Caring for the environment is living heritage that is passed down from one generation to the next. Today, sustainable development issues are increasingly important. Litter Movement is an example of an initiative that takes care of the common environment. It is based on the idea of picking up and preventing litter in creative ways in a spirit of beauty, sustainability and functionality. Litter Movement was started by one woman and is now internationally spread.
The idea is simple: members pick up at least one piece of litter every day and try to challenge at least one new supporter. From the beginning, participation in the activity has been free of charge and anyone motivated on the topic can participate in it, both in Finland and abroad. There are participants of all ages, from grandparents to the youngest in the family. With this method, ways of caring for the environment and promoting sustainable development are being passed down from one generation to the next.
The Litter Movement website is currently available in 23 languages, and the Facebook page has more than seven thousand members. To support the activities, an NGO, the Friends of the Litter Movement (Roska päivässä -liikkeen ystävät ry), has been established, which provides the movement with resources for the implementation of various visits, the organization of activities, information activities and promotion campaigning.
The Litter Movement is developing new innovations to prevent and reduce littering. Ideas are created in in various practical situations. Over the years, the movement has organized litter walks, where people are invited to a joint social walk and garbage is picked up along the way. The most recent innovation is an airtight “mini trash can” that can be pimped from a recycled jar. For example, you can put your own cigarette butts, cans and candy wrappers in the mini trash can. Due to its small size, the jar fits in a pocket. Mini trash can has been distributed for free to people’s use both personally and by taking it to various and even surprising places such as the library and swimming halls and shoemakers, hairdressers and dentists offices. Hints about these locations are given, for example, on the Litter Movement Facebook pages. President Tarja Halonen has also taken mini trash cans to her own office. The Litter Movement encourages others to engage in similar creative activities.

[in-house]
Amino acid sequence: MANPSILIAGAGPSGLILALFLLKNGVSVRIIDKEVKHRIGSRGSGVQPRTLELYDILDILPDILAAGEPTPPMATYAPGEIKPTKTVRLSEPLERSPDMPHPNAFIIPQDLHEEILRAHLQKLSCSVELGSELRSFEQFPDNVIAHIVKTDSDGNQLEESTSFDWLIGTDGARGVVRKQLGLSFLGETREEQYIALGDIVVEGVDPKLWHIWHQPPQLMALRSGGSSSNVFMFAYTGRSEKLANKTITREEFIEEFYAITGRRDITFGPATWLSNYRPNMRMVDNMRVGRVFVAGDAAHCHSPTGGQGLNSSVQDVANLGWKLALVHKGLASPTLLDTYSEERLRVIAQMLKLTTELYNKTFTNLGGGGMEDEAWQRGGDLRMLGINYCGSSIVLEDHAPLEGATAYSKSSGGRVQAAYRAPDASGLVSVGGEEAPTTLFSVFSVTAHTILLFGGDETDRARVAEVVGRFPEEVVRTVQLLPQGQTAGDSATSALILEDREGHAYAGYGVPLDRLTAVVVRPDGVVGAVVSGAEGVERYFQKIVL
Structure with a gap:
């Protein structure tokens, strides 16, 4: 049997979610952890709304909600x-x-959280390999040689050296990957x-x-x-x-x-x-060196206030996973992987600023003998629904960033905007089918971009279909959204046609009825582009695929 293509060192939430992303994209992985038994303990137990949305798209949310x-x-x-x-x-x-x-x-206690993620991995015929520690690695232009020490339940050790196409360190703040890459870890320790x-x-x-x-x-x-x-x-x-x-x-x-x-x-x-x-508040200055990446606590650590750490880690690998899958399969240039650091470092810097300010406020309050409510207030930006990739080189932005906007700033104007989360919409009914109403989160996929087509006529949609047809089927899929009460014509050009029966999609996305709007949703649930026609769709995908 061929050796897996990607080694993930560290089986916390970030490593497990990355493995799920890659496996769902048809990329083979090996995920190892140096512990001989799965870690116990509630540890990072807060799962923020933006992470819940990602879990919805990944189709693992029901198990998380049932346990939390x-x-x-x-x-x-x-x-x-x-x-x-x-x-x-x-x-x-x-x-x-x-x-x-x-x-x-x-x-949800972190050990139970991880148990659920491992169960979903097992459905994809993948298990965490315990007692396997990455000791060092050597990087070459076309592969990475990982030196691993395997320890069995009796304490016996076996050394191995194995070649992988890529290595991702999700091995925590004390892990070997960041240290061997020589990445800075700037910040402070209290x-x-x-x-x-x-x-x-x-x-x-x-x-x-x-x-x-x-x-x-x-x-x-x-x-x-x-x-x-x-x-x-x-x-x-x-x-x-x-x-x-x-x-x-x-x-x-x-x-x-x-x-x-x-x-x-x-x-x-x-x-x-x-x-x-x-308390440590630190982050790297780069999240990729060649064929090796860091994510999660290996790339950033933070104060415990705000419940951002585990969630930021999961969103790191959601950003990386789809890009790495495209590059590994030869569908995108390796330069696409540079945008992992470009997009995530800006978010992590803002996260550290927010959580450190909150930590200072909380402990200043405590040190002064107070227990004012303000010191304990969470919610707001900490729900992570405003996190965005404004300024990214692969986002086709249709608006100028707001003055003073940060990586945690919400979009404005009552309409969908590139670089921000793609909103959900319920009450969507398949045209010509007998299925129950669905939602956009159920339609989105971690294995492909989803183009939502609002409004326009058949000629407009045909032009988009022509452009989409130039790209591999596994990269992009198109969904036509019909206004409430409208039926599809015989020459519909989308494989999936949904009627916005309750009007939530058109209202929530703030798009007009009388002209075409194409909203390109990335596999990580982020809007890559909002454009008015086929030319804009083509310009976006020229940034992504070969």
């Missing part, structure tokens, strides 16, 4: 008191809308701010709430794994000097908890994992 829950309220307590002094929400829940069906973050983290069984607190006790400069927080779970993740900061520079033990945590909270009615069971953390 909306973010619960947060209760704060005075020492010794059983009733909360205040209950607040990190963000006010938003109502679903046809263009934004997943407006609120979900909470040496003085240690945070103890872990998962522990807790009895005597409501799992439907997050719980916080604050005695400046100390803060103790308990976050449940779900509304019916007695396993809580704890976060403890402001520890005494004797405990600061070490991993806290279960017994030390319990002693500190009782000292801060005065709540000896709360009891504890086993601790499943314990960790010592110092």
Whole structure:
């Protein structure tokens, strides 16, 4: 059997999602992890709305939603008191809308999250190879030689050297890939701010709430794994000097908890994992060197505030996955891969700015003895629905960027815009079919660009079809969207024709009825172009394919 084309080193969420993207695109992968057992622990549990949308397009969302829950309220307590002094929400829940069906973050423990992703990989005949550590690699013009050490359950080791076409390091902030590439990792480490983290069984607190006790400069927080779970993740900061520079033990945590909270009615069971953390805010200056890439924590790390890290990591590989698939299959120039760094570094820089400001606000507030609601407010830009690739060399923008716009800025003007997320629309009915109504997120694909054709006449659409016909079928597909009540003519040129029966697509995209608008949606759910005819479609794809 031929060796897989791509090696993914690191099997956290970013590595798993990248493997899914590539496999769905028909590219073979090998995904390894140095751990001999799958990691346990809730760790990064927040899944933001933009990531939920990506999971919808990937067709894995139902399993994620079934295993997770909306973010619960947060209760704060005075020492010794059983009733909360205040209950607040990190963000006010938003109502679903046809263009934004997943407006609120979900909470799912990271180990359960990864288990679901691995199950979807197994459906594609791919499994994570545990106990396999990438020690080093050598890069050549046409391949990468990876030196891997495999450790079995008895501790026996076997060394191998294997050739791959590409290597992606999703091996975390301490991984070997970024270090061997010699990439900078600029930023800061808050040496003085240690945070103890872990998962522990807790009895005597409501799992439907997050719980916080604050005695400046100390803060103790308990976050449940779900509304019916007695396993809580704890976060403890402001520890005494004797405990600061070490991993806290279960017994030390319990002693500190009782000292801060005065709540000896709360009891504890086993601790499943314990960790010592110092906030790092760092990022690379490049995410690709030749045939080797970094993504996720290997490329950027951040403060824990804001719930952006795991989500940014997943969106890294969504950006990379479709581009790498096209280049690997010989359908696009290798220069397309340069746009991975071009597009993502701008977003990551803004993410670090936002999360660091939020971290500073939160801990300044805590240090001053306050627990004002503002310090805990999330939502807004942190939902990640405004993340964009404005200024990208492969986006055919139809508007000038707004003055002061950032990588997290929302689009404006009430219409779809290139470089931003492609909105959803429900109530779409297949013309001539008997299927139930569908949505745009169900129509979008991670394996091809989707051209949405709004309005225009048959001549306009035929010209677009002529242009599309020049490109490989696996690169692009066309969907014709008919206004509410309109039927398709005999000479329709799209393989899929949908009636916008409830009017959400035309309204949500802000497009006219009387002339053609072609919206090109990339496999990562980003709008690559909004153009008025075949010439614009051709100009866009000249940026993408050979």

Another way to encourage litter reduction has been to paint and decorate trash cans. Visual artist Auli Suvanto-Salokannel, for example, has illustrated rubbish bins in Northern Haaga on the initiative of the Litter Movement. Littering was significantly reduced around the beautiful trash cans, which shows that the idea has proven to work.
Journalist and social psychologist Tuula-Maria Ahonen founded the Garbage Day movement together with her daughters in 2000. The movement was preceded by the shock Ahonen experienced four years earlier: at the beach in July, children had to wear shoes because there was a lot of litter on the ground, from toxic cigarette butts to glass shards. This made her wonder what she could do to create a better future. Four years later, while she was picking up litter, she got the idea that if everyone picked up at least one garbage a day, people would live in a much safer environment. Enthusiastic about this, Ahonen started inviting people to join the Litter Movement and managed to get a very good reception. The website was created for the movement with translations to several different languages.
From the very beginning, esteemed public figures have been invited to join the Litter Movement. For example, Presidents Sauli Niinistö and Tarja Halonen and the King of Sweden have received invitations to join the movement. Both Halonen and Niinistö have also invited Ahonen and his husband Jari Peltoranta to Finland’s Independence Day Reception at the Presidential Palace as a sign of appreciation to the Litter Movement.
The Litter Movement has received numerous recognitions during its operation. In 2001, the movement received the Vision of the Year award from Vihreä Sivistysliitto ry. In 2007, the City of Helsinki's Volunteer Advisory Board awarded the honorary mention of volunteering. Ahonen, the founder of the Litter Movement, received the Medal of Vihervuosi from The Finnish Association of Landscape Industries (Viherympäristöliitto ry) in 2008. In 2009, she received an Tapateko honorable mention of the year from Tapaseura. In 2010, the Litter Movement and founder Ahonen received the Terves de Femmes Award from the Yves Rocher Foundation. In 2020, Ahonen received the honorary mention of the Fire Protection Fund's Innovation Award 2020 for her mini-trash innovation. The Litter Movement has also received an honorary diploma by the Society for Future Studies. In addition, the movement has been selected for the Global Ideas Bank’s group of significant social ideas.
The Litter Movement will continue to operate by inviting influencers. The activity of Facebook pages is also maintained by inviting new members. The activities will continue as before by picking up litter, and the movement wants to develop new innovative inventions in the future as well. Awareness about the Litter Movement is being raised at various events and schools around the country. In addition, Ahonen, the founder of the movement, organizes mini-trash workshops on request.
The ideas of the Litter Movement are free for private people, but appropriate compensation is expected from cities and other major players for implementing the idea.
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